Weekend Link-o-mania

For the last few weeks, things have been crazy at work. I have not been able to devote as much time to blogging as I would like. Although this will continue for some time, I thought of doing something different. So, taking a leaf out of Sam Gentile's "New and Notable" posts, here are few pointers that will keep you and myself even more busy. All of these are excellent reads. So here we go:

  • Microsoft Corp. Chairman Bill Gates testimony before the Senate Commerce Committee against the evil of SPAM.

  • Kevin Werbach is anticipating a post-Web, post-PC world,
    Technologists just can't stop thinking about tomorrow. The future always looks bright; the question is who and what will help get us there. Even the grinding downturn of the past three years has hardly dampened this belief among entrepreneurs, technology executives and investors. Will broadband be the hot new development that lifts us out of the doldrums? Will it be Wi-Fi? Online gaming? Web services? Homeland security? Those are the wrong questions.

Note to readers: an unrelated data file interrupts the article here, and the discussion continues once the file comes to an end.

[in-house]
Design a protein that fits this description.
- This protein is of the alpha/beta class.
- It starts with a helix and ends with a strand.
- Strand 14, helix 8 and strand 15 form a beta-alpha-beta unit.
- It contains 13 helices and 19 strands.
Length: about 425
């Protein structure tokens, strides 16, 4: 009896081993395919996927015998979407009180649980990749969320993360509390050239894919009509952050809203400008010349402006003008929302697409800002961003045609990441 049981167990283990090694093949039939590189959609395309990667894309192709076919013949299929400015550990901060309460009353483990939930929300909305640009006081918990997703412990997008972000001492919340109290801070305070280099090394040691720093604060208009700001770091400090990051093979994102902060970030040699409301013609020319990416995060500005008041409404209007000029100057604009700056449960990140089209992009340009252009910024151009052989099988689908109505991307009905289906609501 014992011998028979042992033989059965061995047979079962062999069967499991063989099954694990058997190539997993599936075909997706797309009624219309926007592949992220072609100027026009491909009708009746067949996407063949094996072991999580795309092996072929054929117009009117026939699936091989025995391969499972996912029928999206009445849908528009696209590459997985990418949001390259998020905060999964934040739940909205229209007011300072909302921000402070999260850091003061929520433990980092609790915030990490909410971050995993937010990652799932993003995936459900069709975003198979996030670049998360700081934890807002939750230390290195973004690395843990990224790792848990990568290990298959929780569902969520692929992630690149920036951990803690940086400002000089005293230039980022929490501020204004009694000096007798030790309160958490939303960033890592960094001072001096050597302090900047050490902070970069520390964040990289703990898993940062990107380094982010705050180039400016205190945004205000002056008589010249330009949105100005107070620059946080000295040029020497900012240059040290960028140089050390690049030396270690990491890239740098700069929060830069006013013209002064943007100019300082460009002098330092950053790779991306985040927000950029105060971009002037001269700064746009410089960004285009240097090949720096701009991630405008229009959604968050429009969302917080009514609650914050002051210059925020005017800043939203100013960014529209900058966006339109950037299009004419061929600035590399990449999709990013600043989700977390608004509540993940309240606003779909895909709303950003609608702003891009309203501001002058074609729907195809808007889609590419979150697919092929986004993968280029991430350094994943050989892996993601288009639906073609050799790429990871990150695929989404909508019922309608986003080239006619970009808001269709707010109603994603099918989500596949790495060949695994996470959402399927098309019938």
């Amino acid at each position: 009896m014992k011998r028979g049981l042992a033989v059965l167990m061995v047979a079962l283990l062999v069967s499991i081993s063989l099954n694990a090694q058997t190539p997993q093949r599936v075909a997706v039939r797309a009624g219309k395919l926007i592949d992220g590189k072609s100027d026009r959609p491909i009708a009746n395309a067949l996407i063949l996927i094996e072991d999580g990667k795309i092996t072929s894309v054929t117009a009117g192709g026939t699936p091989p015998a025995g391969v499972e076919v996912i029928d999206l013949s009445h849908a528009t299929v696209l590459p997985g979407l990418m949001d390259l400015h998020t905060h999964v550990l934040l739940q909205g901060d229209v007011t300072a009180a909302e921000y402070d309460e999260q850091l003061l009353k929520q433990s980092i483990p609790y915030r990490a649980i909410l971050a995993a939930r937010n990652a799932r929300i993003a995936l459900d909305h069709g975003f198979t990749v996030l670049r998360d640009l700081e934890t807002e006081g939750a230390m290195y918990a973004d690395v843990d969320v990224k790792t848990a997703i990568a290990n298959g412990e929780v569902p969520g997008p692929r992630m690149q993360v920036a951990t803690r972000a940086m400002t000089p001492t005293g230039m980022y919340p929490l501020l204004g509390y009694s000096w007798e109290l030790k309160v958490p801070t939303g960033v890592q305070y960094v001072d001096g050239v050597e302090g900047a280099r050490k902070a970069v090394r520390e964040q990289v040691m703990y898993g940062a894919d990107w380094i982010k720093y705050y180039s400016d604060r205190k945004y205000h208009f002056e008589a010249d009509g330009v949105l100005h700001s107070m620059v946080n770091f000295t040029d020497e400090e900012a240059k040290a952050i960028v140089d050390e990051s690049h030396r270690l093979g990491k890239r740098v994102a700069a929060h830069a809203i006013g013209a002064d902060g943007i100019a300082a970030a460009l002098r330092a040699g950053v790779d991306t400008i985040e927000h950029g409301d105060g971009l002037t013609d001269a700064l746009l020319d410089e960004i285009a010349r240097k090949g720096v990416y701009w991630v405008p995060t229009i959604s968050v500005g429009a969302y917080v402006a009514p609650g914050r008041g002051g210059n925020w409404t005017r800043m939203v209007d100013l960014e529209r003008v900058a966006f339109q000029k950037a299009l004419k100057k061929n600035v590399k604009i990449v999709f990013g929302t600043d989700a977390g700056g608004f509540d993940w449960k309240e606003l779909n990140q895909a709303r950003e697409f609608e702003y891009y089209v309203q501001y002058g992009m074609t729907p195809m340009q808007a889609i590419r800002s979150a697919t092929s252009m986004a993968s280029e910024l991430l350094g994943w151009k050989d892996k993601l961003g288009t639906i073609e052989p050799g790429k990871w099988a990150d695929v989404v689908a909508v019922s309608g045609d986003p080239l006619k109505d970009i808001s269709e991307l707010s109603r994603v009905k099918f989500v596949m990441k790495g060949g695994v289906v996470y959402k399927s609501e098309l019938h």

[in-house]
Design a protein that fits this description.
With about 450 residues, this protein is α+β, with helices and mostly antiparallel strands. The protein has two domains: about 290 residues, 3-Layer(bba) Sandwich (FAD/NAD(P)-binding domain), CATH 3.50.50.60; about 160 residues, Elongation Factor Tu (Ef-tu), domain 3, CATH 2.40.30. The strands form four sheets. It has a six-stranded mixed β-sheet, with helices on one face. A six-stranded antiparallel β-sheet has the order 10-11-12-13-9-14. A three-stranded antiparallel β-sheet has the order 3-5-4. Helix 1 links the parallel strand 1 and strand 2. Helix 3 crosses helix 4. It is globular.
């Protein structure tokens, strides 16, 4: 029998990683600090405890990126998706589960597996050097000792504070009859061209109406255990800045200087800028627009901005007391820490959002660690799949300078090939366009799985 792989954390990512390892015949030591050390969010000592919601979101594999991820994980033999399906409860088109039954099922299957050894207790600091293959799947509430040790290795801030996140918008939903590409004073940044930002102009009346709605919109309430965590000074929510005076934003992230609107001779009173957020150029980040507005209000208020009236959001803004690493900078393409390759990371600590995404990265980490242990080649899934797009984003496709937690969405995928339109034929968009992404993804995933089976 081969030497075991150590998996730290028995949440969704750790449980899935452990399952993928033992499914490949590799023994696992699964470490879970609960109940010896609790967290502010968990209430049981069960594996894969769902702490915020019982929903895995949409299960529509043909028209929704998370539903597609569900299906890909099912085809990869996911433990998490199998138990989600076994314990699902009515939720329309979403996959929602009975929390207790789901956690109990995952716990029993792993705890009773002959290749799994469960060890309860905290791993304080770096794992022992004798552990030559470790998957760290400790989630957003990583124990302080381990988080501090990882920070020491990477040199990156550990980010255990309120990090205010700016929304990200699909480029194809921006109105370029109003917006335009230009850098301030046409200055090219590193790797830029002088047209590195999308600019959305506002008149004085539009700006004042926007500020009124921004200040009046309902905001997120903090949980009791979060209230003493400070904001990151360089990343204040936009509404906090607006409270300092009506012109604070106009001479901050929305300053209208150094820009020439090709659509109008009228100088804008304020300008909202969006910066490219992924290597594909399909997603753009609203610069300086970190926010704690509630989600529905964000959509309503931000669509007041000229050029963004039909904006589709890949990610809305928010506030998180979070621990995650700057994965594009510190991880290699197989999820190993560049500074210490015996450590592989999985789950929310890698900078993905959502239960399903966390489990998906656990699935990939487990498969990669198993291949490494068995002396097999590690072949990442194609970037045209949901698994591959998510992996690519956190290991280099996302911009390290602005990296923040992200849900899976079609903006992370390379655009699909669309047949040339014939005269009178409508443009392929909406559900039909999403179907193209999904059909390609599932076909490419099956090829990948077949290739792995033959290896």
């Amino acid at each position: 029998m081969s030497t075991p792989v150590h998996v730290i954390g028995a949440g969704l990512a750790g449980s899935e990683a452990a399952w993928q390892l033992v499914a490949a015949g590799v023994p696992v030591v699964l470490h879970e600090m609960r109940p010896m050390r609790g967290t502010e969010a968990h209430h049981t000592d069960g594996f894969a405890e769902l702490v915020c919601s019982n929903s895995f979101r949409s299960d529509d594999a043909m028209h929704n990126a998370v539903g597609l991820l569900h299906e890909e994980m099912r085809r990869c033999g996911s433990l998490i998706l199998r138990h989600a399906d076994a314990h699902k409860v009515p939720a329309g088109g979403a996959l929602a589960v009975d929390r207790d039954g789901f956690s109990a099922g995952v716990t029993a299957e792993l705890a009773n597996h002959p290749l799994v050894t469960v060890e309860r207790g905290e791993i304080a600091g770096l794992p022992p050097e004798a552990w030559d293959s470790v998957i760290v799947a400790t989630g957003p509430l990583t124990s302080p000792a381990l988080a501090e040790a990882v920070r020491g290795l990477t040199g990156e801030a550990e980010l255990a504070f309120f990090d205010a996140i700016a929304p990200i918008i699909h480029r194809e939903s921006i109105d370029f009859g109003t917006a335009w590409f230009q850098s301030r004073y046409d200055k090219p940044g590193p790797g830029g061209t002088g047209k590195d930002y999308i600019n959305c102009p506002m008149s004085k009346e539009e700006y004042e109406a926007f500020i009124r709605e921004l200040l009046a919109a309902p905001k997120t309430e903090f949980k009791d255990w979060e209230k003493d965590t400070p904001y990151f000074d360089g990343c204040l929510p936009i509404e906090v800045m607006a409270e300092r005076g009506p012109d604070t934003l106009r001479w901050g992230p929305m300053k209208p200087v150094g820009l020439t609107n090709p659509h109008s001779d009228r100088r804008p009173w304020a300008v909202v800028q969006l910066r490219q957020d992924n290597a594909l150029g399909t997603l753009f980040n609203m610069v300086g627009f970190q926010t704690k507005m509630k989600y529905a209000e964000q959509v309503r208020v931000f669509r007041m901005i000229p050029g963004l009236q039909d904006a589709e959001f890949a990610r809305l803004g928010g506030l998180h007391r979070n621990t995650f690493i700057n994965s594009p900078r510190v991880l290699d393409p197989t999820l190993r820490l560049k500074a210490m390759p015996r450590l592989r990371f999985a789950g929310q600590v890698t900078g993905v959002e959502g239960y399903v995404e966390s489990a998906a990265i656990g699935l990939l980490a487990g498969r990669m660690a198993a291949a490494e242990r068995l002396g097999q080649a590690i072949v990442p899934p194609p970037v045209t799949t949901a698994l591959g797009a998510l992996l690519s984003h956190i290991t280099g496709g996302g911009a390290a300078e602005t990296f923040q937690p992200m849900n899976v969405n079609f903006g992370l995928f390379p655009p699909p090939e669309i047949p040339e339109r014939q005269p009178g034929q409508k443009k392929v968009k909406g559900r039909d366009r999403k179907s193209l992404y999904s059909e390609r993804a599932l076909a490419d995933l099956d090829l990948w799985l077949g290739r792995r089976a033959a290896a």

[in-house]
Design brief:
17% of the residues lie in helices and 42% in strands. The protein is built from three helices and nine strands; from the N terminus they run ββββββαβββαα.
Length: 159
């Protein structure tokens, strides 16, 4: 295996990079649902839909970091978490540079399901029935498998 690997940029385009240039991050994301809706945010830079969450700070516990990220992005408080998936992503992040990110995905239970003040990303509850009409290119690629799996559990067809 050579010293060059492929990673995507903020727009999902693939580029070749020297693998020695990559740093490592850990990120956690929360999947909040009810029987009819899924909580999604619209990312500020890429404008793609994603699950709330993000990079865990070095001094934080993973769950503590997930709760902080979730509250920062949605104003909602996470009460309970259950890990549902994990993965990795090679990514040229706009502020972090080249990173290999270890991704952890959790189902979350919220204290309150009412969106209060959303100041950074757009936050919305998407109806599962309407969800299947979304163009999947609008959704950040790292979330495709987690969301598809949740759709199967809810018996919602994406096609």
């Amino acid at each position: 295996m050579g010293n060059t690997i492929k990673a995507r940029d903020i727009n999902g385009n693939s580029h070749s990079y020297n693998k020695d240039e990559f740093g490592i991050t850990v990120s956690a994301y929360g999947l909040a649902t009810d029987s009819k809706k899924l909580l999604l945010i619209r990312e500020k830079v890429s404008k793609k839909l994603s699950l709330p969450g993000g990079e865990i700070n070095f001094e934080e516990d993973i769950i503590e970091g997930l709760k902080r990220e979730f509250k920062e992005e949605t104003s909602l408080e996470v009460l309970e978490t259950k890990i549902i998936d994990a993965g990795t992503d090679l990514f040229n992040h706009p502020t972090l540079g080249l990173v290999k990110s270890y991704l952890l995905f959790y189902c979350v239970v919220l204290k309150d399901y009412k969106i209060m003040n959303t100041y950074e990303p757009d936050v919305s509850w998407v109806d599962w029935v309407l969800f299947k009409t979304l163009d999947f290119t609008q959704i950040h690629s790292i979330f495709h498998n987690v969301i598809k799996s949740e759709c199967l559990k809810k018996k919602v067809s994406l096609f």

If you want to know where you are, you don't study a map to determine where you're going. You trace back the steps from where you've been. Over the past several years, "where we've been" in the technology world has changed. While we were all focused on the dot-com bubble and the subsequent bust, "yesterday" shifted. It used to be the PC revolution and client-server computing in the enterprise; now it's the Web.

  • Rob High of IBM talks on Service Oriented Architectures (SOA). This is another acronym buzzing around the industry and this conversation highlights the basics of SOA. I missed attending a talk on the same topic last month by Drew Robbins in the Columbus .Net Developers Group meeting. He has posted the presentation on his blog.

  • Kalsey provides a web interface to the Bill Zeller's button maker application. Cool. While at Kalsey's website, Check out the CSS tabs with Submenu's blog which is the best I have also seen.

  • Wes Haggard shows how to determine the .Net Framework version by retrieving the current Framework Directory. Also check out the comments for even more straight forward way of doing the same.